Moreover, there are thousands of women in sports, which was not previously common practice in Afghanistan. Several women have won medals, and Samia Ghulami is the first femaleTaekwondo fighterto win a gold medal in an international match. There are several other ‘firsts’ – the first pilot Nilofar Rahmani, the first mayor Uzra Jafari, the first woman journalist Asma Rasmia – and many others grassroots champions. Women at grassroot levels have seen remarkable achievements due to the benefit of education.
However, the focus should go beyond these numbers. There is need for support and investment on the ground for mothers and daughters’ education and engagement across rural Afghanistan.
The Rahela Trust’s19 BA and BSc scholars come from disadvantaged backgrounds. They are practically contributing to support mother and daughter education in the community, university, and work environment. They are providing life-skills education to women in their local areas, to their classmates, and at their workplace. For example, Amina Omid, one of the graduate scholars of The Rahela Trust, is the director of a magazine called Hamasai Taghir. She mentors five scholars and helps raise awareness amongst mothers about girls’ education and ways of supporting their daughters. Negeena Saeedi, another Rahela Trustscholar, used her pocket money to help 30 mothers during Covid-19. This summer other scholars are working on changing societal attitudes towards women.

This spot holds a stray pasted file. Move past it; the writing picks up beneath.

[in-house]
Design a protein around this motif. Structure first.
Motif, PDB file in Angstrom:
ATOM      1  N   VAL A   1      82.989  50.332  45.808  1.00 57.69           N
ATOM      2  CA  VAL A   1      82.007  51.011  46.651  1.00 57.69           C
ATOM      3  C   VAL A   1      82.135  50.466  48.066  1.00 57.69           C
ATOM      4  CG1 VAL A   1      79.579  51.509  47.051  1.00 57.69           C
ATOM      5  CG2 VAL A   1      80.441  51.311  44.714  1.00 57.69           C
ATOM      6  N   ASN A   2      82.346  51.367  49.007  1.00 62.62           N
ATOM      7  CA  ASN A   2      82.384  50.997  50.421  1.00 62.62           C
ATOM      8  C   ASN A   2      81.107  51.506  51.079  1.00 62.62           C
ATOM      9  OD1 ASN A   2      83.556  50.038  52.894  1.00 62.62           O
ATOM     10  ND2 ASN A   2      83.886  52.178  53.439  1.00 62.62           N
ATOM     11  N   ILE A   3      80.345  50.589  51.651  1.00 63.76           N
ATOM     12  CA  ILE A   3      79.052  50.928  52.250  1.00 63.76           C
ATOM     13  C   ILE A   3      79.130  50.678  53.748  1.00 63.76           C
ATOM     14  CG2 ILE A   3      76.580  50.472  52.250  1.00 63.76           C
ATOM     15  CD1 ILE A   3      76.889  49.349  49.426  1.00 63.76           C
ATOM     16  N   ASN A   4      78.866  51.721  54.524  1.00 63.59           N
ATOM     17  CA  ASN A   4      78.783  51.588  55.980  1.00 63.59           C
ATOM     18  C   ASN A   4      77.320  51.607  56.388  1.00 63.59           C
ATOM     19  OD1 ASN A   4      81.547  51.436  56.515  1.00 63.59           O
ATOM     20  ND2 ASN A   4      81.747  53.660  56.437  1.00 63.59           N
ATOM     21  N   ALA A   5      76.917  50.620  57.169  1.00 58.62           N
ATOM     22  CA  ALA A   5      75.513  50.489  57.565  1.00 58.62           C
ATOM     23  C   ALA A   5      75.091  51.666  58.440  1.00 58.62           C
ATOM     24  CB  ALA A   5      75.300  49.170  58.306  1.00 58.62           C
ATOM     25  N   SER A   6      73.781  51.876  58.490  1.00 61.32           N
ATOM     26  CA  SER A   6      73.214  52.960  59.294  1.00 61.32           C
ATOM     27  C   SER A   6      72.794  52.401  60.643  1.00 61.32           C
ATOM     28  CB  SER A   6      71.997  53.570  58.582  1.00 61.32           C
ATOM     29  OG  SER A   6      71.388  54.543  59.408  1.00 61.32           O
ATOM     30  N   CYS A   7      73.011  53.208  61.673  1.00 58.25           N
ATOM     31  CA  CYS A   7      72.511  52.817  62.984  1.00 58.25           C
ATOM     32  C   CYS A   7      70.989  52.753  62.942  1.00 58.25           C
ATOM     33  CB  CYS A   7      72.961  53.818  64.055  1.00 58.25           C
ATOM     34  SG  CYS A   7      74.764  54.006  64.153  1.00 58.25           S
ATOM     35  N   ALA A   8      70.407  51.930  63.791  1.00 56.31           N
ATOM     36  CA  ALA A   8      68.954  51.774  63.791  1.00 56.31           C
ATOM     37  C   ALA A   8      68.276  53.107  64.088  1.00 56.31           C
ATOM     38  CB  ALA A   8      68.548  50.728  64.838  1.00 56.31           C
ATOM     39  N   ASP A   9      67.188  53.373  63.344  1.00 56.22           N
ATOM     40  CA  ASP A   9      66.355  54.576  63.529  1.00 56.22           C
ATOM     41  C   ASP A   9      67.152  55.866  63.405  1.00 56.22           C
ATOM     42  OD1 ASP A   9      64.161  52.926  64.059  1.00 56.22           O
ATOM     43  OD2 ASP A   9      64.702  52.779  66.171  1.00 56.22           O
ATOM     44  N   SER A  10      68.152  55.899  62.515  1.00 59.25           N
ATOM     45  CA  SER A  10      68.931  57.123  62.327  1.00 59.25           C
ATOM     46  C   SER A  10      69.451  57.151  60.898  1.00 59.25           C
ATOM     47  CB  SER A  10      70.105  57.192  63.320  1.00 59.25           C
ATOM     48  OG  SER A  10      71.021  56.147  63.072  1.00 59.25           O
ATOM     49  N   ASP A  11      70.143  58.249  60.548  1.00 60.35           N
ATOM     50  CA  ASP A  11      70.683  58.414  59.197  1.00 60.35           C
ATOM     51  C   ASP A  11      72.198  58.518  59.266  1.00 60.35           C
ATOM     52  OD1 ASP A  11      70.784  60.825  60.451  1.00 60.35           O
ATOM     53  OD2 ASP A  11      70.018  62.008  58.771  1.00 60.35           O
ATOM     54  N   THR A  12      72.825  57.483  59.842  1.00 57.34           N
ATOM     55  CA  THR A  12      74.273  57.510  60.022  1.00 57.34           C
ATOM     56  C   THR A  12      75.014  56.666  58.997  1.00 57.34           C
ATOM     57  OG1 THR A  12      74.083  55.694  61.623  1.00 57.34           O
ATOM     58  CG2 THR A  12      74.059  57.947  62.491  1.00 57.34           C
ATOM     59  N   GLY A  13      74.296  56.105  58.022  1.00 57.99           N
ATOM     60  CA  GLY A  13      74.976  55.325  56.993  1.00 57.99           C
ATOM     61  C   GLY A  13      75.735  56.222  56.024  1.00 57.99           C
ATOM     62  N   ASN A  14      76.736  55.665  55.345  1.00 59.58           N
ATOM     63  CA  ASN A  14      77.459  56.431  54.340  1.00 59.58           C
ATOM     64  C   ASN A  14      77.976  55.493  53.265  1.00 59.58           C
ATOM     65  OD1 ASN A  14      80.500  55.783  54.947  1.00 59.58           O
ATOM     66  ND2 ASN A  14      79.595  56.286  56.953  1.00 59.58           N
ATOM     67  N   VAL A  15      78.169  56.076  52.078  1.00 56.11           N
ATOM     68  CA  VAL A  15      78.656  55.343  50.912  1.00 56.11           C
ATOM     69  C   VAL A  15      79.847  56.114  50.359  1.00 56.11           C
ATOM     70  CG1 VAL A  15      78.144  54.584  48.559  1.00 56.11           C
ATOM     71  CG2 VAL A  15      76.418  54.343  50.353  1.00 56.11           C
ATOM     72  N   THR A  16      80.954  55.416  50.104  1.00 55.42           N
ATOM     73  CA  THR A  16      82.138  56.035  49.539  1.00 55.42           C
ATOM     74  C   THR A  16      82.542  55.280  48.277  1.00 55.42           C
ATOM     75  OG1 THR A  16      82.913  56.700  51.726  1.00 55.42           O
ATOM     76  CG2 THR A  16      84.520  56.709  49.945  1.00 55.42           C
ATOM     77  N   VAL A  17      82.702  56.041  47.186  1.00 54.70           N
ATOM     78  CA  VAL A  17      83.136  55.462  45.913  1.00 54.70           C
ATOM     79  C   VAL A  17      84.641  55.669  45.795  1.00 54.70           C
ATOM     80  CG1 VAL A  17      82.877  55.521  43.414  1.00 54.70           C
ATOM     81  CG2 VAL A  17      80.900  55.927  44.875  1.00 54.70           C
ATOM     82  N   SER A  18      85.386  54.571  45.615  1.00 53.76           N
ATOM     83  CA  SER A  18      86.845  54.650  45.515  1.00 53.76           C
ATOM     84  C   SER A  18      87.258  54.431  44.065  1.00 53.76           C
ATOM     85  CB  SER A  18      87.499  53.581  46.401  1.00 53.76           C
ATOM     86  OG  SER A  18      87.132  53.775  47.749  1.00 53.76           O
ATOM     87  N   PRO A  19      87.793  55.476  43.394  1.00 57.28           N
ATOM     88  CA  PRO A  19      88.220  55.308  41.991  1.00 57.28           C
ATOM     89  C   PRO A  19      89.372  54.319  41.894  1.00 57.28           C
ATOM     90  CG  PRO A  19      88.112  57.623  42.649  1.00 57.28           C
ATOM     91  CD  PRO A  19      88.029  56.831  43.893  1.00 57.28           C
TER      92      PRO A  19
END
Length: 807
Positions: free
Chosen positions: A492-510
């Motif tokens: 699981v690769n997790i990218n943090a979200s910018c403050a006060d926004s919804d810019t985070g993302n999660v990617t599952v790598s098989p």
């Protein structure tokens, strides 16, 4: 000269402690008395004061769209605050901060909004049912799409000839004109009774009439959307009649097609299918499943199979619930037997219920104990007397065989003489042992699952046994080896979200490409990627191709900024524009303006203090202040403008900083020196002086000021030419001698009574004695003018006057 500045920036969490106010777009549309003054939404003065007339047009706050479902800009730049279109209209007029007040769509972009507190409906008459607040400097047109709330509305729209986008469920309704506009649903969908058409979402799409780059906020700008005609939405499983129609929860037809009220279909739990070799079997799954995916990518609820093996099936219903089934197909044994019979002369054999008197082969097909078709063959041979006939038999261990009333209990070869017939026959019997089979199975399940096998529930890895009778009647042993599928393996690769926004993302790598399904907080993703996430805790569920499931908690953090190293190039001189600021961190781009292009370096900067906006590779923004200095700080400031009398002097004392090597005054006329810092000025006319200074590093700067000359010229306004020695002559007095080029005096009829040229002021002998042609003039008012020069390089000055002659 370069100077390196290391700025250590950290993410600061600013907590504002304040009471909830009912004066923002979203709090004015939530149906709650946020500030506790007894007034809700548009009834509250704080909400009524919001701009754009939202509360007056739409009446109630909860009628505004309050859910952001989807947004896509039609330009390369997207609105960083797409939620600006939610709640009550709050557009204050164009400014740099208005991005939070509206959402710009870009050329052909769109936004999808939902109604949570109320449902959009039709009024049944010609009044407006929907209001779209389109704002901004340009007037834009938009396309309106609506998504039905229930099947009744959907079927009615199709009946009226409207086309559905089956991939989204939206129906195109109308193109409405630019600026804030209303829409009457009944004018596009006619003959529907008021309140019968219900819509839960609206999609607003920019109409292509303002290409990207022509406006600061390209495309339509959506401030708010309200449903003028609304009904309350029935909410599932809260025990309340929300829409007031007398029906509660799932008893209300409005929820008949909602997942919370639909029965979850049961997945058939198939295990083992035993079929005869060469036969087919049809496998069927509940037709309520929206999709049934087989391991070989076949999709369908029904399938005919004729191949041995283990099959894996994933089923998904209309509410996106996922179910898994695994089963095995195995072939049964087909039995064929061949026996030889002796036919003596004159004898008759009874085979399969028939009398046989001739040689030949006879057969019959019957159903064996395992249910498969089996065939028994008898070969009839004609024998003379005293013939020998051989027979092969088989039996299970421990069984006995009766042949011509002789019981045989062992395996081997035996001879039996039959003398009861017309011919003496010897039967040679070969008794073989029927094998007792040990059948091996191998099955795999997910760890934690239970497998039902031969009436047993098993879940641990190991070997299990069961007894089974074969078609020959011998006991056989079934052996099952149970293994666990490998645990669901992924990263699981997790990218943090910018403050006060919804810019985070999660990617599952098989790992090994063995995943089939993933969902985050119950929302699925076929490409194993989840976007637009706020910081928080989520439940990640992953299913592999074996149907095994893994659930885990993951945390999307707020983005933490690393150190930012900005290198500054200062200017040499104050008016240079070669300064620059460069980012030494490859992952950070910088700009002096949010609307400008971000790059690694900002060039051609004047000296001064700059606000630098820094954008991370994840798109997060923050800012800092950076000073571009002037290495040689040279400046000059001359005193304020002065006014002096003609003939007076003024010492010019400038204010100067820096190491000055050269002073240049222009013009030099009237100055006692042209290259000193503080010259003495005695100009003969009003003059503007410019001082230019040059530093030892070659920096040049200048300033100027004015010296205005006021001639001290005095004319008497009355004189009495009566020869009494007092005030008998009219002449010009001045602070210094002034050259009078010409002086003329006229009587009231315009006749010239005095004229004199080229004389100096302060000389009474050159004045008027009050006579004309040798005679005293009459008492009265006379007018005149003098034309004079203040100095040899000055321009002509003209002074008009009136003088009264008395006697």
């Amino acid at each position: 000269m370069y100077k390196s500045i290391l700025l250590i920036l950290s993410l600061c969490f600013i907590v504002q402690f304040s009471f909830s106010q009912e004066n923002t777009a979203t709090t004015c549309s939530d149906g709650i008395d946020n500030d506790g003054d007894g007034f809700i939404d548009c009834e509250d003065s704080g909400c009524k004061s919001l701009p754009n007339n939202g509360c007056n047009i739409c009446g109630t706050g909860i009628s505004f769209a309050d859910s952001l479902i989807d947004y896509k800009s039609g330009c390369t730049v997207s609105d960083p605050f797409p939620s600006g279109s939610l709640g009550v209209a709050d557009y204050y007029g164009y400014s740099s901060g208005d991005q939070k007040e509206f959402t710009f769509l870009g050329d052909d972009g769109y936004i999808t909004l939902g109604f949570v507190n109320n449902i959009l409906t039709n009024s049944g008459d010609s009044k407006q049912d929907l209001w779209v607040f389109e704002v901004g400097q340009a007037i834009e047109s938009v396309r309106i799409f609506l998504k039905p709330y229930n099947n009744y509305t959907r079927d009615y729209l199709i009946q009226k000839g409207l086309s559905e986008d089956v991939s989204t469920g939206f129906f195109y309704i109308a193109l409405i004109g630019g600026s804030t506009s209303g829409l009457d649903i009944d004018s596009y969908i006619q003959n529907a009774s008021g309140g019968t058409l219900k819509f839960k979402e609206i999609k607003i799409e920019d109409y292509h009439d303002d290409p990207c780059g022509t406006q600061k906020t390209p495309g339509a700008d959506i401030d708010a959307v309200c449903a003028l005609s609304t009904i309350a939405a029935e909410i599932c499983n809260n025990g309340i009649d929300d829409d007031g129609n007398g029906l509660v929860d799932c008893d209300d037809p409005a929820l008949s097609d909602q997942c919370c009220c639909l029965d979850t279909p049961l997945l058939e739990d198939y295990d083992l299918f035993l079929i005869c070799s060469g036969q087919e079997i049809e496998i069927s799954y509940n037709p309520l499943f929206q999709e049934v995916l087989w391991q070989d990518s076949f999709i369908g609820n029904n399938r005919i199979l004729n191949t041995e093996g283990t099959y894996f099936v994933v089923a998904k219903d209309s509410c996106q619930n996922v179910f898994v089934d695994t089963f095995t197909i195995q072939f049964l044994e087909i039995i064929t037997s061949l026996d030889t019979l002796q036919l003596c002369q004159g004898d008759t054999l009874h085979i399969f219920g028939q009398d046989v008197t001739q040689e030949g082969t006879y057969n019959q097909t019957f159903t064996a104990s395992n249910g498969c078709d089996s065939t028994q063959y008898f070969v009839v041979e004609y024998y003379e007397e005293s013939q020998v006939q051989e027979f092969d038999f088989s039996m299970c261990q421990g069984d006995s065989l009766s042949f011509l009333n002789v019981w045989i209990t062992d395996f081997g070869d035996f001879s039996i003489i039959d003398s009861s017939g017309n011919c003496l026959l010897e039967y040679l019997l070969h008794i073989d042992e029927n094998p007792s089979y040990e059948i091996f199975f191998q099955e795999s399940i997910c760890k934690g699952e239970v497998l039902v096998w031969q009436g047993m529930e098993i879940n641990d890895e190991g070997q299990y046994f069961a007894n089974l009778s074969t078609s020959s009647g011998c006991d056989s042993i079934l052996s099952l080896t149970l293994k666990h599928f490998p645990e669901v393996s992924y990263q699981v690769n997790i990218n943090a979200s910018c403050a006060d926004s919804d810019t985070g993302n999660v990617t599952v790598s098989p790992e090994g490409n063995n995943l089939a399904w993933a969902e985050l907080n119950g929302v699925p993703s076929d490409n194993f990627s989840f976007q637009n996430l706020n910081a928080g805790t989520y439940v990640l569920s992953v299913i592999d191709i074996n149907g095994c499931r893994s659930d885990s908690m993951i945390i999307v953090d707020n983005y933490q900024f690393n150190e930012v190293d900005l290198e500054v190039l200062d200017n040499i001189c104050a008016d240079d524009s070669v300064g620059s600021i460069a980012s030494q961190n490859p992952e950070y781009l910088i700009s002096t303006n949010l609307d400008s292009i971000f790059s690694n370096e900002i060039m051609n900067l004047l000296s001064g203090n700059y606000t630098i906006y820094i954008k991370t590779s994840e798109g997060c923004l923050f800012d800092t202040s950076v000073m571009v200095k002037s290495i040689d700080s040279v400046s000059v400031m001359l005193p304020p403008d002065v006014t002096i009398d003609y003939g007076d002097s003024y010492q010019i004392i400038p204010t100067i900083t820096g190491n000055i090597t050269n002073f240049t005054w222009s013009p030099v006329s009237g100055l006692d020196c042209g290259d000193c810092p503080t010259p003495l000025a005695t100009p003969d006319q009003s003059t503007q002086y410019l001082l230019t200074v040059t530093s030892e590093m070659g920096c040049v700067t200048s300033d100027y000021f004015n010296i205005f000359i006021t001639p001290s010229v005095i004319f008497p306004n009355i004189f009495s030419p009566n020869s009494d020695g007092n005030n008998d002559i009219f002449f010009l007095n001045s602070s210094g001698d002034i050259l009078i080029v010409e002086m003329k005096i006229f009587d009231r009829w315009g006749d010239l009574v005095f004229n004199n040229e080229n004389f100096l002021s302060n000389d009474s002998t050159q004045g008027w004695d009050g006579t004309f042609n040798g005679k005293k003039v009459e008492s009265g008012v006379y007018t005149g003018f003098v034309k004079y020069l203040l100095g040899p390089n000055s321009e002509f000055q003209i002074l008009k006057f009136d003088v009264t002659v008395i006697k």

Women’s shelters in Kabul Mazar and Herathave been very helpful to women who face domestic violence. Several women’s sports and martial arts clubs have been established and are led by women, as a new type of women’s activities in Afghanistan. Liqa Isazada described her first visit to a martial arts club as ‘ inspiring’.
The 2021 UNICEFdescribes Basira, a 12th grade student in Kandahar, who teaches 18 schoolgirls in her local area.
“The international community still spends just $1 on conflict prevention for every $1,885 it spends on military budgets.” (Tina R Moul, 2016)
There are continued challenges to operating in many districts across Afghanistan due to war, conflict and fighting between the Government and insurgents. Girls’ schools have been burned or closed in some districts of Afghanistan where there is no security, and families are not allowing their daughters to travel too far to attend school.
- 7 million children are out of school! This is 42% of school children, but girls comprise at least over 60% of ‘out of school’ children. Women at state universities are 2% less in comparison to 2018. This could be because of insecurity or unavailability of state universities in rural provinces as the number of females at private sector universities hasincreased.
- Likewise, there has been a2% decrease in the number of state hospitals. A health practitioner who wished to remain anonymous said: “I am a nurse in Samangan. The clinics there have been closed for four months and the lives of new-born babies and pregnant mothers are at risk.
- One woman was due to deliver her baby but had to travel for two hours on a donkey to reach the hospital. When she arrived, the hospital’s doors were closed. She lost her life and her baby, after a four hour wait – due to snow, bleeding and cold weather!” Several women from Khost, Paktia, Paktika and Logar -all insecure areas-confirm that in most areas girls schools are closed and in areas not directly insecure, but nearby, mothers say they are afraid of sending their daughters to school.
- The Taliban claim that they will protect women’s rights under sharia law, but they don’t clearly state which form of sharia.Afghanistan is an Islamic country and its constitution is based on sharia law. The practice of sharia in Indonesia, for example, is permissive; it allows women to access education and, crucially, employment.